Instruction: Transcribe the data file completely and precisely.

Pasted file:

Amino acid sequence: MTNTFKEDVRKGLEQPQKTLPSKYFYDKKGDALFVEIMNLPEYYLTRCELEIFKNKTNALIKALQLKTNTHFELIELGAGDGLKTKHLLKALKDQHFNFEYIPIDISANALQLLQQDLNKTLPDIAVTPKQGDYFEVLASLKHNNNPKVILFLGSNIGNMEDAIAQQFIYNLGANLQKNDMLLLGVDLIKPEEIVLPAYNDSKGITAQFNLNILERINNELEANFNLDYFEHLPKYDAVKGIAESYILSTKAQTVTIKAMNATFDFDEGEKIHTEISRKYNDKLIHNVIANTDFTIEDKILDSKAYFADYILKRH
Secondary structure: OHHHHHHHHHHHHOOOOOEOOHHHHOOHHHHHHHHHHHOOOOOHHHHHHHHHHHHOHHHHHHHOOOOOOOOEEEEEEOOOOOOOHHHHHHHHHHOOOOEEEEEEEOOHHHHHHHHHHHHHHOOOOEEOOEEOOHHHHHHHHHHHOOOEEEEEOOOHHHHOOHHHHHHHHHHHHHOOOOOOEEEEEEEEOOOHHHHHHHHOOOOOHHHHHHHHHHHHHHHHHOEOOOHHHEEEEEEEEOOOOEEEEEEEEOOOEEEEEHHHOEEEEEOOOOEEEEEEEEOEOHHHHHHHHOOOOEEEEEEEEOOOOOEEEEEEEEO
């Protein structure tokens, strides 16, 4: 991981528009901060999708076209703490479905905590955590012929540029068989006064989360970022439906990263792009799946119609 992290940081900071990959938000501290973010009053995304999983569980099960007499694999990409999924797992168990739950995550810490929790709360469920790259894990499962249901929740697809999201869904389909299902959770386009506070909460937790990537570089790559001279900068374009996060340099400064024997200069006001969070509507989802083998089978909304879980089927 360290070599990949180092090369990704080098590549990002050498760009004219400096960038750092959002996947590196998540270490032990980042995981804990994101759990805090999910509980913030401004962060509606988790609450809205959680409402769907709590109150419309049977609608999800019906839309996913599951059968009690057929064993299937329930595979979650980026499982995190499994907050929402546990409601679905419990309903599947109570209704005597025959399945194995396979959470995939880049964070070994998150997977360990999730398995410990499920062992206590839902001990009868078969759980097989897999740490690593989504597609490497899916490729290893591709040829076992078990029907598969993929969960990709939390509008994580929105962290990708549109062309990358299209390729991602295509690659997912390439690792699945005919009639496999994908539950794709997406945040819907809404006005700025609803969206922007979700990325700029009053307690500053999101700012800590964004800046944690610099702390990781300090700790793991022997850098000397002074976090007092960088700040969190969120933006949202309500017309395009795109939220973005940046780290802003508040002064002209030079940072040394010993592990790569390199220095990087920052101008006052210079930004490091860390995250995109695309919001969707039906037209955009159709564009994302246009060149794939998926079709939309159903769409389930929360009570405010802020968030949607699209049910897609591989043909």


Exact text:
Amino acid sequence: MTNTFKEDVRKGLEQPQKTLPSKYFYDKKGDALFVEIMNLPEYYLTRCELEIFKNKTNALIKALQLKTNTHFELIELGAGDGLKTKHLLKALKDQHFNFEYIPIDISANALQLLQQDLNKTLPDIAVTPKQGDYFEVLASLKHNNNPKVILFLGSNIGNMEDAIAQQFIYNLGANLQKNDMLLLGVDLIKPEEIVLPAYNDSKGITAQFNLNILERINNELEANFNLDYFEHLPKYDAVKGIAESYILSTKAQTVTIKAMNATFDFDEGEKIHTEISRKYNDKLIHNVIANTDFTIEDKILDSKAYFADYILKRH
Secondary structure: OHHHHHHHHHHHHOOOOOEOOHHHHOOHHHHHHHHHHHOOOOOHHHHHHHHHHHHOHHHHHHHOOOOOOOOEEEEEEOOOOOOOHHHHHHHHHHOOOOEEEEEEEOOHHHHHHHHHHHHHHOOOOEEOOEEOOHHHHHHHHHHHOOOEEEEEOOOHHHHOOHHHHHHHHHHHHHOOOOOOEEEEEEEEOOOHHHHHHHHOOOOOHHHHHHHHHHHHHHHHHOEOOOHHHEEEEEEEEOOOOEEEEEEEEOOOEEEEEHHHOEEEEEOOOOEEEEEEEEOEOHHHHHHHHOOOOEEEEEEEEOOOOOEEEEEEEEO
């Protein structure tokens, strides 16, 4: 991981528009901060999708076209703490479905905590955590012929540029068989006064989360970022439906990263792009799946119609 992290940081900071990959938000501290973010009053995304999983569980099960007499694999990409999924797992168990739950995550810490929790709360469920790259894990499962249901929740697809999201869904389909299902959770386009506070909460937790990537570089790559001279900068374009996060340099400064024997200069006001969070509507989802083998089978909304879980089927 360290070599990949180092090369990704080098590549990002050498760009004219400096960038750092959002996947590196998540270490032990980042995981804990994101759990805090999910509980913030401004962060509606988790609450809205959680409402769907709590109150419309049977609608999800019906839309996913599951059968009690057929064993299937329930595979979650980026499982995190499994907050929402546990409601679905419990309903599947109570209704005597025959399945194995396979959470995939880049964070070994998150997977360990999730398995410990499920062992206590839902001990009868078969759980097989897999740490690593989504597609490497899916490729290893591709040829076992078990029907598969993929969960990709939390509008994580929105962290990708549109062309990358299209390729991602295509690659997912390439690792699945005919009639496999994908539950794709997406945040819907809404006005700025609803969206922007979700990325700029009053307690500053999101700012800590964004800046944690610099702390990781300090700790793991022997850098000397002074976090007092960088700040969190969120933006949202309500017309395009795109939220973005940046780290802003508040002064002209030079940072040394010993592990790569390199220095990087920052101008006052210079930004490091860390995250995109695309919001969707039906037209955009159709564009994302246009060149794939998926079709939309159903769409389930929360009570405010802020968030949607699209049910897609591989043909």